There’s a joke about five monkeys in a cage. A bunch of bananas is hung high in the cage out of the reach with some boxes placed at the bottom. The monkeys pile the boxes, climb up, get the bananas, and are sprayed with cold water. One monkey is removed from the cage as he figures out the boxes and the rest of the monkeys beat him up. Eventually, no monkey in the cage is sprayed with cold water for reaching the bananas, but any time a new one enters, he is beaten for trying. Why? Because that’s how we always do things around here.

If you and your team–your agency, partners, and loved ones–are not constantly questioning, then there’s no opportunity to evolve, to reflect, and to learn. (more…)

Tom Christmann Joins The Storyboard Podcast

Looking to learn and laugh on tomorrow morning’s commute? We’ve got you covered.

Agency Partner and Chief Creative Officer Tom Christmann recently joined Sean Grace and Nadia Blake on The Storyboard Podcast. The episode – a 38-minute adventure – is a beautiful combination of both industry knowledge and hilarity. Tune in as the three explore topics such as virtual reality, the future of advertising, the direct economy and much more. You may also find out that Tom is apparently a hologram who is “completely wasted” and “#blessed” (even though only one of those is actually true – we think).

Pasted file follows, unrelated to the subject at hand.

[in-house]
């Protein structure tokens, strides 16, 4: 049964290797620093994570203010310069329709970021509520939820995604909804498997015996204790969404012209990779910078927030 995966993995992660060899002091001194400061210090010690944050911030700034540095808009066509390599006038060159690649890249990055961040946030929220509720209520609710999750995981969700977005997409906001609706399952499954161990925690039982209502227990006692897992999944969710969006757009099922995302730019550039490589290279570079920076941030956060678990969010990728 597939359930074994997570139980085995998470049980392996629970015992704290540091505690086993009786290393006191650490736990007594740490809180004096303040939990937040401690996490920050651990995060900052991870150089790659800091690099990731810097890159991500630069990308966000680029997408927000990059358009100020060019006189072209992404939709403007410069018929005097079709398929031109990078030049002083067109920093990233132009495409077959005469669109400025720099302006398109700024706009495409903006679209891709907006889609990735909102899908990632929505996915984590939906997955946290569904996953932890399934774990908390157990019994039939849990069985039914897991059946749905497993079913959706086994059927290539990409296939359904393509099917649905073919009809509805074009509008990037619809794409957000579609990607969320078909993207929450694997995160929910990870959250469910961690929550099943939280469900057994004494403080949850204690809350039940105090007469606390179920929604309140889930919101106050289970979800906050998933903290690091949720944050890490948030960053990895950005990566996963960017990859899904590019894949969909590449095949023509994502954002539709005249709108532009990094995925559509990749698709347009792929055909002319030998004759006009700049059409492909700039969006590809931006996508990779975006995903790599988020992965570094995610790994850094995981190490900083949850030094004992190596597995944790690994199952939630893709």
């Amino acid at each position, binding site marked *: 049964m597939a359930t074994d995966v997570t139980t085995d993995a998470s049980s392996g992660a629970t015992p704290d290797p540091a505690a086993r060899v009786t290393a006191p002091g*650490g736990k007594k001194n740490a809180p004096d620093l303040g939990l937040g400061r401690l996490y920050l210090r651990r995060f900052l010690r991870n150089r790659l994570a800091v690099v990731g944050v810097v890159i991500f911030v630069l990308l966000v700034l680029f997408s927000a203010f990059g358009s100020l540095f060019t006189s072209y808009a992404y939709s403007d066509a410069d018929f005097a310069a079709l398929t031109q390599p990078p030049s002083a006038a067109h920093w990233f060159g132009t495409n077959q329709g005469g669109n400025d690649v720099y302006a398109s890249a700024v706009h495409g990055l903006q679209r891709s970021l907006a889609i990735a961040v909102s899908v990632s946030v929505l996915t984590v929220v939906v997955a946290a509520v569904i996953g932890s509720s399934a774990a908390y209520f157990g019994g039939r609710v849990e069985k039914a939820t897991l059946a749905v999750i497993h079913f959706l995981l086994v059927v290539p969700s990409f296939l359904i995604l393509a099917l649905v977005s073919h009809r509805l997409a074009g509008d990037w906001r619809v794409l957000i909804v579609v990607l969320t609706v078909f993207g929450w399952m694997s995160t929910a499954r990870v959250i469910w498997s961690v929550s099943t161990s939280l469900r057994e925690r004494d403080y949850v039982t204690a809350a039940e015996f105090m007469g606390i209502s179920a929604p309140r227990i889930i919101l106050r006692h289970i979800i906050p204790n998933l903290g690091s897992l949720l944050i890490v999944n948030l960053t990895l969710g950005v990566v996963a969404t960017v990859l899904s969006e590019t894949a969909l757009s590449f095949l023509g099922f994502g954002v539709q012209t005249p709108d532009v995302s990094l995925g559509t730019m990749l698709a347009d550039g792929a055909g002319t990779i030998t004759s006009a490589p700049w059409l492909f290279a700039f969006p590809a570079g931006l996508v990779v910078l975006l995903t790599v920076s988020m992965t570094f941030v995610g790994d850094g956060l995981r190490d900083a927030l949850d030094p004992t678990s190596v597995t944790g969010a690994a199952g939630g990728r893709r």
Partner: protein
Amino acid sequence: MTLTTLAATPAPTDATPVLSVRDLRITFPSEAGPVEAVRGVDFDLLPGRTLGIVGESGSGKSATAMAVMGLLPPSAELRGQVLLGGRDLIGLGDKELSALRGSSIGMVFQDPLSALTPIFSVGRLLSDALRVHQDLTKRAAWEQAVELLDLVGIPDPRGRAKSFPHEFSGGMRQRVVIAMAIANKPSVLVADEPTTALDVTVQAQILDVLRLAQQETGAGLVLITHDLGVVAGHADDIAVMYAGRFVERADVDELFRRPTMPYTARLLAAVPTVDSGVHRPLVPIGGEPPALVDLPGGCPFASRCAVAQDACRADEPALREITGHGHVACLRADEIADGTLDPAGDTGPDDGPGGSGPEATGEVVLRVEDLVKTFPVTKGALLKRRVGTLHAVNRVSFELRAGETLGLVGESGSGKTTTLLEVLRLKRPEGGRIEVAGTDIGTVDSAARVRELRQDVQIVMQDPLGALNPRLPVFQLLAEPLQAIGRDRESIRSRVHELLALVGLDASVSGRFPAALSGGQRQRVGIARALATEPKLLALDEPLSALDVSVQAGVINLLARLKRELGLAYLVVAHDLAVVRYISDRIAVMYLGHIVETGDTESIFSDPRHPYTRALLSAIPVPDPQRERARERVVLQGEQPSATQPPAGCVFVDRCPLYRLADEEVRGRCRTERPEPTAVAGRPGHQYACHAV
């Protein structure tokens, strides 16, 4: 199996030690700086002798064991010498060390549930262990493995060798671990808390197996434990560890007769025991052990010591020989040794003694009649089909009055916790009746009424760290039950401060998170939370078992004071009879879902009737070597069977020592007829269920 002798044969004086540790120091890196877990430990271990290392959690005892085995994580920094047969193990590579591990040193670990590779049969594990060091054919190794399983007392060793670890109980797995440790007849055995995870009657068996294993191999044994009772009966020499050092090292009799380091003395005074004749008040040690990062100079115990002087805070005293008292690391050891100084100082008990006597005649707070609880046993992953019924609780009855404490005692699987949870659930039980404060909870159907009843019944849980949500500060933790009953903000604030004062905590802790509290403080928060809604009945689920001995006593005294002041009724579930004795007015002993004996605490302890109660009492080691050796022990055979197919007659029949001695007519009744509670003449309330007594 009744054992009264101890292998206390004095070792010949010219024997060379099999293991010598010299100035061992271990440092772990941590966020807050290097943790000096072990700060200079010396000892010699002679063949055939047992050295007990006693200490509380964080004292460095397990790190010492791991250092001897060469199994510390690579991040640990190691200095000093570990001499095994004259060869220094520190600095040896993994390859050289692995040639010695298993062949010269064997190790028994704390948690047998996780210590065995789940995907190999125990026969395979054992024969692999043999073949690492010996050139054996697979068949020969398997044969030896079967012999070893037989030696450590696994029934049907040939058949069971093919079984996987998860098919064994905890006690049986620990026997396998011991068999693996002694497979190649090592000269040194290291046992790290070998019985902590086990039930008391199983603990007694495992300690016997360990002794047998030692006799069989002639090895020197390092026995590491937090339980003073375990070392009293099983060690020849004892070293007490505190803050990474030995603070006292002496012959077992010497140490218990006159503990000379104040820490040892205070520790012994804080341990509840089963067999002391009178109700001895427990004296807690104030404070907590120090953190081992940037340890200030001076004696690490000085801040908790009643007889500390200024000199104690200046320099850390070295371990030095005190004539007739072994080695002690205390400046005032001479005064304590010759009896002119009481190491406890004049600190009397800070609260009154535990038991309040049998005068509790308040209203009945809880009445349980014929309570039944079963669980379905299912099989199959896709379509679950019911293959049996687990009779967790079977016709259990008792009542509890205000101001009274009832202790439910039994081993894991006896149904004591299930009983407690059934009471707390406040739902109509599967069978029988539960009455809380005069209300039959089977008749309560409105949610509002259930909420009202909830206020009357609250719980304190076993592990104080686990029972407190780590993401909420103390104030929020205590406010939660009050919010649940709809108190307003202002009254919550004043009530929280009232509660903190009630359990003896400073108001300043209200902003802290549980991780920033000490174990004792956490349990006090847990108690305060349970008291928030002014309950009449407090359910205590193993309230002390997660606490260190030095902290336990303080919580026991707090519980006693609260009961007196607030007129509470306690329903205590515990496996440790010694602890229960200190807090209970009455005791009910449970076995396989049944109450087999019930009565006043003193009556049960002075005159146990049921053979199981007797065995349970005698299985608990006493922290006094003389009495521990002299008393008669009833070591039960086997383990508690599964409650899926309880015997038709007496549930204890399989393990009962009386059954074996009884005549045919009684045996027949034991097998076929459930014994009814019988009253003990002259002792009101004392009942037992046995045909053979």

Be sure to follow both Nice Shoes and Sound Lounge, who Co-Produce the Podcast, and be on the lookout for the next great episode!

Local@Speed: Get Ready for the Rise of iBeacon



iBeacon, Apple’s tiny Bluetooth-enabled device, is a disruptive technology set to allow brands to intercept shoppers at the exact point of intent. It’s bringing us even closer to an “internet of things” and will give us creative and opportunistic ways to engage the retail consumer. While our phones are currently smart enough to know how to run complex apps or contact servers across the globe, until now, the device doesn’t know if you’re in your kitchen, bedroom, frozen foods section or milk aisle.

With a range of 50 meters, inexpensive iBeacons can cover 2,500 square meters.  This means that even an average Macy’s store at 16,258 square meters would only need 7 of them. Instead of simply knowing you’re near a store (as today’s location-based services do), iBeacons will know precisely which section you’re in, enabling retailers to send contextual messages accordingly.